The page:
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DGL Fox

Guess This Aircraft ?

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I'd guess that it isn't technically an Aircraft,. . .but a ground effect water cruiser. . . . Probably Russian or Eastern European in origin ? They seemed to master that sort of tech in the 60s. . .and probably before that. . . lots of examples on the interwebbythingummy. . .

 

 

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A WIG craft... Wing In Ground effect.

 

There was a company set up not far from where I live that was going to make small ones - haven't heard what happened to them, must've had more ambition than capability. Or found out the legislative restrictions were going to be harsher over here than the US - I believe you can drive one with a powerboat licence over there, they're not classified as an aircraft because they can't go higher than half the wingspan.

 

 

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flightship 8 ... or airfish 8 depending on when the pic was taken (it got renamed) and it was Australian designed and built in Qld ... just checked - designed and built in Germany, brought to Australia - Australian company went bust, all assets and IP sold to Singapore ... nothing much happening since 2010

 

 

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Here's one without a photo. What jet aircraft was designed to take off and land on water skis?

 

 

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Here's one without a photo. What jet aircraft was designed to take off and land on water skis?

Convair FY2 seadart would fit the bill

 

 

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A flying friend of mine was heavily involved with the firm that built them in Cairns. Talking to him last weekend he said the biggest problem with them was longitudinal stability. The most competent auto pilots were not good enough to control them.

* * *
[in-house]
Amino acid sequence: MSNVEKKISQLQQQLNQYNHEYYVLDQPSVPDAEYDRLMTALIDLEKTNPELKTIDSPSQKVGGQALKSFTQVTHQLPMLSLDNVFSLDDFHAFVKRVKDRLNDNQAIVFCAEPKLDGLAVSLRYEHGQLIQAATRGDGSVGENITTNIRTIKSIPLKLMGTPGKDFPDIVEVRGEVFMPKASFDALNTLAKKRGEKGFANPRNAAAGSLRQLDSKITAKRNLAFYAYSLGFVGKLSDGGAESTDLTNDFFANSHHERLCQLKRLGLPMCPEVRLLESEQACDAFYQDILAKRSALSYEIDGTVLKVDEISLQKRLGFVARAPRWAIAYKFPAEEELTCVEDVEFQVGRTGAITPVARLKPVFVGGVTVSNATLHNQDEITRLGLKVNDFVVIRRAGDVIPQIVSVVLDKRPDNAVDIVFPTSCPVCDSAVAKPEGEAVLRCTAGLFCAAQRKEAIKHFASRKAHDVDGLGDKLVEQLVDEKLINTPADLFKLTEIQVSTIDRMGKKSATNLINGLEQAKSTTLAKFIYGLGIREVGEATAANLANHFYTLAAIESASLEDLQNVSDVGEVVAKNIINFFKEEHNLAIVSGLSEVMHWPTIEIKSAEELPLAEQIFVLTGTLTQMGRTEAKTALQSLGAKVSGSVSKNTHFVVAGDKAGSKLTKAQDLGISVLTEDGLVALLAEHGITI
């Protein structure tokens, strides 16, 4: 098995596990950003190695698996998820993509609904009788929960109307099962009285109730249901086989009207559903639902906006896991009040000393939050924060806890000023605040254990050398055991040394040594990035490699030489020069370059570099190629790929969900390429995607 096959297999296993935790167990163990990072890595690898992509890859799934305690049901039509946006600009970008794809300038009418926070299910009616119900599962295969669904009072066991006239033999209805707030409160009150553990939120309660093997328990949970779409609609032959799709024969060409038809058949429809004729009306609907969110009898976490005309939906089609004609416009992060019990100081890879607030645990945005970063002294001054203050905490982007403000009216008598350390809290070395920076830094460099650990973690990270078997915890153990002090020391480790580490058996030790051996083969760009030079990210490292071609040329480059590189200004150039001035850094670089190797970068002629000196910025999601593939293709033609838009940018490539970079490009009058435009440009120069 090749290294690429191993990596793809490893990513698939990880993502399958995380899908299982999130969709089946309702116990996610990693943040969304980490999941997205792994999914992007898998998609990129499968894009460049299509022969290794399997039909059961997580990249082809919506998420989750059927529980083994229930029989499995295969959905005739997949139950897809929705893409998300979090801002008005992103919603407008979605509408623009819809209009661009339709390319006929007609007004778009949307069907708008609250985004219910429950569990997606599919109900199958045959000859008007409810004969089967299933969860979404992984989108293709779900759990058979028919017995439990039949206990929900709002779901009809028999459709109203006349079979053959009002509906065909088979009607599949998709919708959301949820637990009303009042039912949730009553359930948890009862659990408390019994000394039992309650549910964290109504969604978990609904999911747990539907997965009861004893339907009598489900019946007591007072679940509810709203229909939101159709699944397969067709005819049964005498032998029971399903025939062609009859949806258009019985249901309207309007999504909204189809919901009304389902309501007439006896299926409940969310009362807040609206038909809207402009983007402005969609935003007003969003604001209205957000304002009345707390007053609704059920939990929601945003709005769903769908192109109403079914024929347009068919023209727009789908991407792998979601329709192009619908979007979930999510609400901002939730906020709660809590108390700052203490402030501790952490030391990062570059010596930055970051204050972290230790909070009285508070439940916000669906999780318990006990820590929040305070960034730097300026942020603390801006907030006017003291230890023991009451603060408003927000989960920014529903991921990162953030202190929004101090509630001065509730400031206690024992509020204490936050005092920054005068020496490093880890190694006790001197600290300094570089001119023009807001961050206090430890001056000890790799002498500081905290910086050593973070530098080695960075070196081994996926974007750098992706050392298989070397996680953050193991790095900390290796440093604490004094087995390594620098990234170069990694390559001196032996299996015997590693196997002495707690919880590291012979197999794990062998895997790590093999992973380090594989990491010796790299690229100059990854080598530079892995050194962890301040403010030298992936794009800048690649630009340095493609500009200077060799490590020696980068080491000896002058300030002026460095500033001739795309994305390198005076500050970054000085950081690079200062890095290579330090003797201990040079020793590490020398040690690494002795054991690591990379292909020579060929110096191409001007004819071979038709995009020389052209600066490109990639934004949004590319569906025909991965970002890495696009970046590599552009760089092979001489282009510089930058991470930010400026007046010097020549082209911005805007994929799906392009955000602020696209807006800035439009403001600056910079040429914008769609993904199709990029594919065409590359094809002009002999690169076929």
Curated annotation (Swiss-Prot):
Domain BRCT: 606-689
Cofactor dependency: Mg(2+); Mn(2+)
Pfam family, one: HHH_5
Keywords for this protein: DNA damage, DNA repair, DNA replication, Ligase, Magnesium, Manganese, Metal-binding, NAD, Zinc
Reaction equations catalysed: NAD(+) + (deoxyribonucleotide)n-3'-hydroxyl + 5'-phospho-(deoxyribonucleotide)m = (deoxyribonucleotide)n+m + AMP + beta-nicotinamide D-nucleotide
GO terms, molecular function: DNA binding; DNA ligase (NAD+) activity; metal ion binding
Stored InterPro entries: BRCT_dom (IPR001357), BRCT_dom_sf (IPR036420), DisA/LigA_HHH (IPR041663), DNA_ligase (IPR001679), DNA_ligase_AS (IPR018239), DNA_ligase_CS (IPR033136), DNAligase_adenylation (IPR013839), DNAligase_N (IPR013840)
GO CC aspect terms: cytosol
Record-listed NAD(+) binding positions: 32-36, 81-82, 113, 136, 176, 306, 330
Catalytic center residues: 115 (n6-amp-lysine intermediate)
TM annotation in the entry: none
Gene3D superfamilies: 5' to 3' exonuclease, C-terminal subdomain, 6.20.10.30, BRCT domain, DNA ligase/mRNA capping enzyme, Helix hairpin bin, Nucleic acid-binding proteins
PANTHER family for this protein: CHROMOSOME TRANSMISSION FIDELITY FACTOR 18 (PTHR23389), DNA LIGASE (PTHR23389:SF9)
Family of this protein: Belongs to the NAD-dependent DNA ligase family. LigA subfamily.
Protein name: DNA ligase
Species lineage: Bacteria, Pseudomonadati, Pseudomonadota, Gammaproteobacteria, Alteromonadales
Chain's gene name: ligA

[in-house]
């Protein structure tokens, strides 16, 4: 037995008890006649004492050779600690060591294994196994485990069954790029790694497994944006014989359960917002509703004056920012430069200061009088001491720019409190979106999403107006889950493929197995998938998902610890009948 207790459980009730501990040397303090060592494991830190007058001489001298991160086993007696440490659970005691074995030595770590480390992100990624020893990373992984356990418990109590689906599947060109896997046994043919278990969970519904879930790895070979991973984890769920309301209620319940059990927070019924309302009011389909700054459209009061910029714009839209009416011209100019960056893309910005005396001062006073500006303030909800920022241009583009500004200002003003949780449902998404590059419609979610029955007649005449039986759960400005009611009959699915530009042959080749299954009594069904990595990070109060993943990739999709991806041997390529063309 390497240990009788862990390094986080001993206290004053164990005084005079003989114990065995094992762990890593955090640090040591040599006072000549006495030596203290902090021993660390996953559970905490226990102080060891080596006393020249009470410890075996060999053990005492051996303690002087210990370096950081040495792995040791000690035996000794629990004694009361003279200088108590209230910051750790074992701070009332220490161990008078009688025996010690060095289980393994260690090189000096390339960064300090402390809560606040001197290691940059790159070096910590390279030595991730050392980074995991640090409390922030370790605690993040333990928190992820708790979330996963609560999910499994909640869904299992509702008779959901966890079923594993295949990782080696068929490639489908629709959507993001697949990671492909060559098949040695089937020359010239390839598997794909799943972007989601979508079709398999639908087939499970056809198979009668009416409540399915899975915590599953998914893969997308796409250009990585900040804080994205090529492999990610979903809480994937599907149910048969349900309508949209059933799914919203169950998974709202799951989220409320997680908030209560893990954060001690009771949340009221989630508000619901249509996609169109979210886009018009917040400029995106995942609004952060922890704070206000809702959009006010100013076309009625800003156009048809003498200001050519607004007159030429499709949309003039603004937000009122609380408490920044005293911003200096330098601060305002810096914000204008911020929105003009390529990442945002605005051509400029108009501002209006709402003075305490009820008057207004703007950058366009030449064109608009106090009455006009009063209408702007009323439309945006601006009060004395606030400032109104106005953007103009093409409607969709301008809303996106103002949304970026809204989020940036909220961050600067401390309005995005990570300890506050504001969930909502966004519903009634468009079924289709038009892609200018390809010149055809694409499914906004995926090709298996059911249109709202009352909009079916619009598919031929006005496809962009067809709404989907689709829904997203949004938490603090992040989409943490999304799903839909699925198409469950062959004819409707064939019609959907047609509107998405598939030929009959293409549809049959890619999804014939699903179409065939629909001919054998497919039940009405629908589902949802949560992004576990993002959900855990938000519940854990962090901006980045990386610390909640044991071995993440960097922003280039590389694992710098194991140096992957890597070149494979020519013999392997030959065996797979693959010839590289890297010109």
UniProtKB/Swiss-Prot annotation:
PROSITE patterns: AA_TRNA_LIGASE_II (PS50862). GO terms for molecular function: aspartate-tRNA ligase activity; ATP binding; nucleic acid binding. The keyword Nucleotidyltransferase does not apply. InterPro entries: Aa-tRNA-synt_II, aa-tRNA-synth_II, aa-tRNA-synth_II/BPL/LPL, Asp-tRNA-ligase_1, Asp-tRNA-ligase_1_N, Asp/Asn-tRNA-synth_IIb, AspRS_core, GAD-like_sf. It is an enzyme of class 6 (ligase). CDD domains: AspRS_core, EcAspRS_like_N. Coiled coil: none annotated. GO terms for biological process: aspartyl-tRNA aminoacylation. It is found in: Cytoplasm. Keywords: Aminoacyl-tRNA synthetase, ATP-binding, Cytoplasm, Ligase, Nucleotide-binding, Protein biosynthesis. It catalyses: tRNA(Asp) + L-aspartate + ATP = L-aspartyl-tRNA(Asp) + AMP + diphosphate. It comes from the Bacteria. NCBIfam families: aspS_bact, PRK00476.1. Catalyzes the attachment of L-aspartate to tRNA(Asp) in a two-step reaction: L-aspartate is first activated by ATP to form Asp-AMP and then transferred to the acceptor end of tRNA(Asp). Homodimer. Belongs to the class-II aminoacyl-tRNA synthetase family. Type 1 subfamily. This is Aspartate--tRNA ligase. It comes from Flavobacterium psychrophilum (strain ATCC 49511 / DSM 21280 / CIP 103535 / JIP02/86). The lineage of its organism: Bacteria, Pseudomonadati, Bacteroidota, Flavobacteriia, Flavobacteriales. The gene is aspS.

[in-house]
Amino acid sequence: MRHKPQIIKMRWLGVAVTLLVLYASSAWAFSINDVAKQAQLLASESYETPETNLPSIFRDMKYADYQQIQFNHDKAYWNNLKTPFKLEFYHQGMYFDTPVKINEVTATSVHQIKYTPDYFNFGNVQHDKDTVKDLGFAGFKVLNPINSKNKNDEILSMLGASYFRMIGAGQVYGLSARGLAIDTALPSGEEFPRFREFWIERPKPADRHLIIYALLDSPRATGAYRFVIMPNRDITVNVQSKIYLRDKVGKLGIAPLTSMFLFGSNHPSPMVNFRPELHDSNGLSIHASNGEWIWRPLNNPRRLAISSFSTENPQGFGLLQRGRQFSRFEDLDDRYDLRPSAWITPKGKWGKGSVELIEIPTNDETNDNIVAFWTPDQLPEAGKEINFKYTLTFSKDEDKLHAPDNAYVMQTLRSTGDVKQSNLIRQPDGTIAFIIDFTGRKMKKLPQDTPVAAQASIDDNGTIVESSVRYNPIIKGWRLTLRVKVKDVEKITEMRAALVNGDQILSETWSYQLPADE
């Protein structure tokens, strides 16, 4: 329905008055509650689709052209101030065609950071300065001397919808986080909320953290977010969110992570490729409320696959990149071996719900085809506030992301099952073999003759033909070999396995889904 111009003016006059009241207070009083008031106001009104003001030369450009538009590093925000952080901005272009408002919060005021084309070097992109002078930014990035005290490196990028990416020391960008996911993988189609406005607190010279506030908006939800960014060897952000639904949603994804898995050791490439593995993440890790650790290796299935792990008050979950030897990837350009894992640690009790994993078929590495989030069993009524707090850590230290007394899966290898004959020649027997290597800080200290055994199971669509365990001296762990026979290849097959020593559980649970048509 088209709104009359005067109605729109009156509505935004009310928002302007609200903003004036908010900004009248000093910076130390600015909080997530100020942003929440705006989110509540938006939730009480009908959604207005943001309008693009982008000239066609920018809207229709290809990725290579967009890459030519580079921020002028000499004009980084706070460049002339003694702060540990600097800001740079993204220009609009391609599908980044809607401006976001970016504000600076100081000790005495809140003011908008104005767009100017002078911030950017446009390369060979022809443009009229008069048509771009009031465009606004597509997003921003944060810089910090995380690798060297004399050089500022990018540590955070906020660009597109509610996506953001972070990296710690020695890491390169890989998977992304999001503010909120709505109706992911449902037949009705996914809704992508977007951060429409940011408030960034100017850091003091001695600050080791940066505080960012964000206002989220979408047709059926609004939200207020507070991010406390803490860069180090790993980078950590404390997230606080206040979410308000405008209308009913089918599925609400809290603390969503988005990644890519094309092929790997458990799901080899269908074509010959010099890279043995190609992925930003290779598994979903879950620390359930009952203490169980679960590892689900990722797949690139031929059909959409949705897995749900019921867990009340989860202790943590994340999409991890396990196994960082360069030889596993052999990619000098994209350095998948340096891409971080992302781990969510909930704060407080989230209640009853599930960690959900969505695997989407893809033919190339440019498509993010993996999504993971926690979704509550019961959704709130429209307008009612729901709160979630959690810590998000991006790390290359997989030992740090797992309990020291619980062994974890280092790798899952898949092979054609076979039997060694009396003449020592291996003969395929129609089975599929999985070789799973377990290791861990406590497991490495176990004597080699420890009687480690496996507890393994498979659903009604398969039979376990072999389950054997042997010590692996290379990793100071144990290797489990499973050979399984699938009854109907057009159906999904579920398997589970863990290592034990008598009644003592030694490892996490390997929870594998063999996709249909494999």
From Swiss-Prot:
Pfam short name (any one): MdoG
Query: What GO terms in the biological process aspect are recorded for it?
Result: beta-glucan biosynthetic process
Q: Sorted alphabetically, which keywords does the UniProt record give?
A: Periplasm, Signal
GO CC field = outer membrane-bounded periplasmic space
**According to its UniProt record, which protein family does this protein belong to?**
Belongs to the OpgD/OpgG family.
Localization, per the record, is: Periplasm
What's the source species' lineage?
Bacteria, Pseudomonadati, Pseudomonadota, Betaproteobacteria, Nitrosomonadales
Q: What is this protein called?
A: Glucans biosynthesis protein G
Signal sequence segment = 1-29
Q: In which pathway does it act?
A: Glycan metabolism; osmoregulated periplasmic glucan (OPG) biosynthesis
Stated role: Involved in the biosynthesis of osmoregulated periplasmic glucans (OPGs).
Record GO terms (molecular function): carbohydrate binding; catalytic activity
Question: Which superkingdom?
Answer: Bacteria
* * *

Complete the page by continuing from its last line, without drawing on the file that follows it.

The Russians built a lot of them as troop transports, but they are reputedly laid up and gently corroding away.

 

 

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A flying friend of mine was heavily involved with the firm that built them in Cairns. Talking to him last weekend he said the biggest problem with them was longitudinal stability. The most competent auto pilots were not good enough to control them.The Russians built a lot of them as troop transports, but they are reputedly laid up and gently corroding away.

Yep, all flying wings have an issue with the level of longitudinal stability - without a long moment arm on a second flying surface they are limited and will react to air movement ... the tailplane on these WIGs is an attempt at reducing the impact BUT when you are using ground effect over waves on water the upsets from waves generally impacts the stability and introduces a very umpleasant rocking ... welcome to seasickness in the air.

 

The issue is lessened the larger the WIG is - the Kaspian sea monster for example at over 90m long and with a weight around 500t simply beat the waves into submission and was like many ekranoplan operationally workable ... but none appear to have given much service over the years.

 

 

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I was told that the Russian Ekranoplanes were large but had to have massive power. That really defeats the purpose for non military use.

 

 

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Yes lots of power and quite a few engines ... but remember you are pushing several hundred tons of aircraft along at turboprop speeds - lots of power yes but its efficiency is greater than the same load being lifted out of ground effect